For me? Precious, and frankly, the book it's based on ("Push" by Sapphire) -- is so over the top that all it did was piss me off. It codes as overtly racist fantasy, or the figment of a liberal's imagination about what Black life must be like. Because who hasn't seen a Black girl like Precious running down the street with a bucket of fried chicken she's just stolen? I was haunted for days thinking of that scene -- and yet, didn't Soledad O'Brien profile a Black girl from New York who claimed to be addicted to fried chicken in CNN's "Black in America 2" over the summer? THIS summer, in 2009?
It has taken me a week to process the depth of my disgust with this film. In the end, I'm sick to death of Black pathos being exploited as art. I can't celebrate Precious or laud the writer or the producers as visionary, because they're not. I can't laud a director like Lee Daniels who has hustled Black pathology into his meal ticket and has fooled white folks and Black folk who lack critical thinking skills alike into thinking he's doing something important. Did Lee Daniels passing off Halle Berry's pornographic tryst with a racist Billy Bob Thornton character in Monster's Ball teach us nothing?
Lee Daniels has said that he wanted Precious to create a "dialogue". He said that he would never look at a fat, Black girl the same way again. Well, maybe it was that transformative for him, but clearly not for everyone. In three separate incidents in Chicago since this film has been released, I've heard Black males referring to obese Black women as "Precious". Laughing, sneering. Derisive. Overall, I think that's all this movie will do -- further exacerbate the extent to which white folks, and black folks themselves, view girls and situations like this as caricatures to be either pitied or ridiculed.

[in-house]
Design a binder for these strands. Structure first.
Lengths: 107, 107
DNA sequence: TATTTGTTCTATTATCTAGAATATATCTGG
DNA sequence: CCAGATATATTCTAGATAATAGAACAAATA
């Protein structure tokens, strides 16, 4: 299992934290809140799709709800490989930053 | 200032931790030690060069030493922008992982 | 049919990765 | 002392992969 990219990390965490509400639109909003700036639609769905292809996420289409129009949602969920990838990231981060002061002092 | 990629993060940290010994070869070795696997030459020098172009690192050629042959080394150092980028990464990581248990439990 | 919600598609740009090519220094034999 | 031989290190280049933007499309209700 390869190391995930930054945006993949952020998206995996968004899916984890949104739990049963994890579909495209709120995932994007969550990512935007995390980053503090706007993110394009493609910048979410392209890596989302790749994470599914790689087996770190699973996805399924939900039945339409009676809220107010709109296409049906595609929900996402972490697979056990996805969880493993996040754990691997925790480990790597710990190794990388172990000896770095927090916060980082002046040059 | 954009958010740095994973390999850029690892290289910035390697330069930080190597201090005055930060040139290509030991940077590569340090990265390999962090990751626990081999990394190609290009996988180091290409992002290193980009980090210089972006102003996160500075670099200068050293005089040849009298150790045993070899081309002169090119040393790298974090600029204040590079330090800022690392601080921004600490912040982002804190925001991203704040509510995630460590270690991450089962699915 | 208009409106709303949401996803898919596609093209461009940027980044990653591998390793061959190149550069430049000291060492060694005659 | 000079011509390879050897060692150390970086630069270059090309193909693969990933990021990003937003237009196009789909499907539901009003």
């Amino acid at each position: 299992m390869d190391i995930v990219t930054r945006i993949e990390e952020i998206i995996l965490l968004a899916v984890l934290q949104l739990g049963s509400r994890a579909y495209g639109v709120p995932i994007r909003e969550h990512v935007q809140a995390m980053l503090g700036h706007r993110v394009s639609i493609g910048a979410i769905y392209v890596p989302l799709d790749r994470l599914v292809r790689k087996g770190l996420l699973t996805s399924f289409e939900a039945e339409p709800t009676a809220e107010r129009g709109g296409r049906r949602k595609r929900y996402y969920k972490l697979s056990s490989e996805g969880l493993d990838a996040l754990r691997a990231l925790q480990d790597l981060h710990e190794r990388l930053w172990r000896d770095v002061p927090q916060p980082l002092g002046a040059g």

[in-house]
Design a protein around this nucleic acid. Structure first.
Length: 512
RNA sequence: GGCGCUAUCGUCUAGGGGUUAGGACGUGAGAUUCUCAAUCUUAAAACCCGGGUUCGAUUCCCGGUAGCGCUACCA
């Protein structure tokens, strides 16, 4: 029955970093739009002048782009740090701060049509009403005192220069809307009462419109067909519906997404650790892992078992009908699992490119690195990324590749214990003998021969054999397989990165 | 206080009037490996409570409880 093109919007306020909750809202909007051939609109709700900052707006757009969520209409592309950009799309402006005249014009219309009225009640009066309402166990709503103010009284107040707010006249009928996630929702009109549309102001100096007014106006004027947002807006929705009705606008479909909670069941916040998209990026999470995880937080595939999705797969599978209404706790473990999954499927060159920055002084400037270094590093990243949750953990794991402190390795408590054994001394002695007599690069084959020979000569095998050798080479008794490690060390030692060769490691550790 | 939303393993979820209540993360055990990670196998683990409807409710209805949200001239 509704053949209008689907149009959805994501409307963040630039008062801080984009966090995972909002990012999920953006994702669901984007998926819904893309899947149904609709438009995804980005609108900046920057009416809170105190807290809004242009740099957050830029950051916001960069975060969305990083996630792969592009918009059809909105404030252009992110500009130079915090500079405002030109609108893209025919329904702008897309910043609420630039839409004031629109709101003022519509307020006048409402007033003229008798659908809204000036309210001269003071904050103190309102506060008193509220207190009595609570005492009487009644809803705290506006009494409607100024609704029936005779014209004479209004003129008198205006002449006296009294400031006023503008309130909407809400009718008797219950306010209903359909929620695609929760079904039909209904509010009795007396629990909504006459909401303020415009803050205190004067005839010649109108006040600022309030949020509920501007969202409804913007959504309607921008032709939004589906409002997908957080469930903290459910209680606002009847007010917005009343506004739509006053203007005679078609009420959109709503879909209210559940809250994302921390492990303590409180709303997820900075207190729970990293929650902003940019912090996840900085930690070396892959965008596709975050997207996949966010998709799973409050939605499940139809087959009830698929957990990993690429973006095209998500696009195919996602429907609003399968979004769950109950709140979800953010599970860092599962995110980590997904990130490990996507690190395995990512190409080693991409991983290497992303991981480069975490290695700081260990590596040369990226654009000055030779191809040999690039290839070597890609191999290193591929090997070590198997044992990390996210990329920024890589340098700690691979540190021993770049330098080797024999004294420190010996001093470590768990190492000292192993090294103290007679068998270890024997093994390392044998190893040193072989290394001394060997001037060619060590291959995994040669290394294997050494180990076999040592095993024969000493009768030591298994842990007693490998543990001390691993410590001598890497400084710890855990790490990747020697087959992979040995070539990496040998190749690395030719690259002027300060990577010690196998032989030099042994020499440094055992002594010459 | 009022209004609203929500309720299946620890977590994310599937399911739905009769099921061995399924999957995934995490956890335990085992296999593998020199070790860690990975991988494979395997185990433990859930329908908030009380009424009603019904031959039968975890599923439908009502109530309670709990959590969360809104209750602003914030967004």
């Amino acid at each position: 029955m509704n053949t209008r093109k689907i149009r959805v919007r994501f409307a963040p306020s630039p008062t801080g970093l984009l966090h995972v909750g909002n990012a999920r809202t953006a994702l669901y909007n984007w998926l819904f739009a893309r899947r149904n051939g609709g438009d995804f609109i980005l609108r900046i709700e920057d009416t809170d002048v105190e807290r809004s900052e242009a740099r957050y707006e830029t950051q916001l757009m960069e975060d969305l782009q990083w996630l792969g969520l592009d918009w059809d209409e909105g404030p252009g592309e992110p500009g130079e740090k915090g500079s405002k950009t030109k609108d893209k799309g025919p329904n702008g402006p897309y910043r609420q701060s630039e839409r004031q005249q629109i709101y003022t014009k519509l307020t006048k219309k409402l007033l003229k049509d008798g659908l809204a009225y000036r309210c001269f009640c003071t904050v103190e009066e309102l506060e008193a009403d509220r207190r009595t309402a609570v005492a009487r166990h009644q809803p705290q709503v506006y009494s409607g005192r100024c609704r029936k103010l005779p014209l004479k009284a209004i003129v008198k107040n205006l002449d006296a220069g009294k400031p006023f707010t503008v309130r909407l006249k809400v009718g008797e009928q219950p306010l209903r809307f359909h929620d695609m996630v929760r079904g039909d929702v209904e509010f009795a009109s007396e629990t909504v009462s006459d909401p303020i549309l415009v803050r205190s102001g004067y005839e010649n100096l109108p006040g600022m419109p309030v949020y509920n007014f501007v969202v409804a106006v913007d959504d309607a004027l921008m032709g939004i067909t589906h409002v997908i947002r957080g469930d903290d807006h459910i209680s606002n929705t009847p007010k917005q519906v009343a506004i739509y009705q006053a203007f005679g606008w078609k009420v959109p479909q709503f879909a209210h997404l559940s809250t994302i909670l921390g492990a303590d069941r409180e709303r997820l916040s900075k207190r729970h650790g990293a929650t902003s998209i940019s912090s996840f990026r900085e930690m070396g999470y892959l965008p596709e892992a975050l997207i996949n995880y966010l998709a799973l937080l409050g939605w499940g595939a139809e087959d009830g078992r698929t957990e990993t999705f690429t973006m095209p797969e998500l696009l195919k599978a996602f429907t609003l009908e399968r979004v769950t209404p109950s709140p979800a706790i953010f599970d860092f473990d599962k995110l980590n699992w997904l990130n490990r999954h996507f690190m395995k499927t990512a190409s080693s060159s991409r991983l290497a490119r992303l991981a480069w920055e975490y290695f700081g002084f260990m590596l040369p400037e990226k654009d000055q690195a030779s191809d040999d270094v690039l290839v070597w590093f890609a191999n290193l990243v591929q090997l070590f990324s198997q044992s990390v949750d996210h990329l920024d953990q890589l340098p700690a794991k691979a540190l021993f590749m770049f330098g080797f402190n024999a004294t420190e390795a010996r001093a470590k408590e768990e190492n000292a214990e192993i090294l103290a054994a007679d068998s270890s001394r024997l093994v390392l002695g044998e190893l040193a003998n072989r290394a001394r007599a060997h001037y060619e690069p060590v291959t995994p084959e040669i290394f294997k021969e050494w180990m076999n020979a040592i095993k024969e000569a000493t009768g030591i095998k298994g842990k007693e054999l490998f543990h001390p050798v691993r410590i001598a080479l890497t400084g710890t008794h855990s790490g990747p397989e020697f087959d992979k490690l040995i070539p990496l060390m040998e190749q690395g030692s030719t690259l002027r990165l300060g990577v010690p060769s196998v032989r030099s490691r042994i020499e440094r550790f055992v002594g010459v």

I might be the only sister to say this aloud but, frankly, I don't want to see Mo'Nique nominated or possibly win an Oscar for playing this monster of a Black mother in Precious. I don't. I don't want a fictional Black mother who made her own daughter perform oral sex on her to win an Academy Award. I don't want to see Gabby Sidibe nominated for an Oscar for this exaggerated role. I'm saying it. I don't want to see it. Why is Black incest so titillating to Hollywood? I remember being so excited to see Delroy Lindo and Erykah Badu in The Cider House Rules, and then being so disappointed and disgusted because they played a dysfunctional, incestuous father and daughter. (You'll recall that the Erykah Badu character ends up killing her father who, like Precious' father, has impregnated her twice...)
I've had it. Black pathos exists. We know this intimately. But it's overrepresented everywhere, from the movies to the nightly news.
My hope is for us to stop believing the hype of pathology pimps like Lee Daniels -- and Oprah and Tyler Perry. What they are selling is neither hope nor hopeful. It is nothing less than destructive to our community and our culture.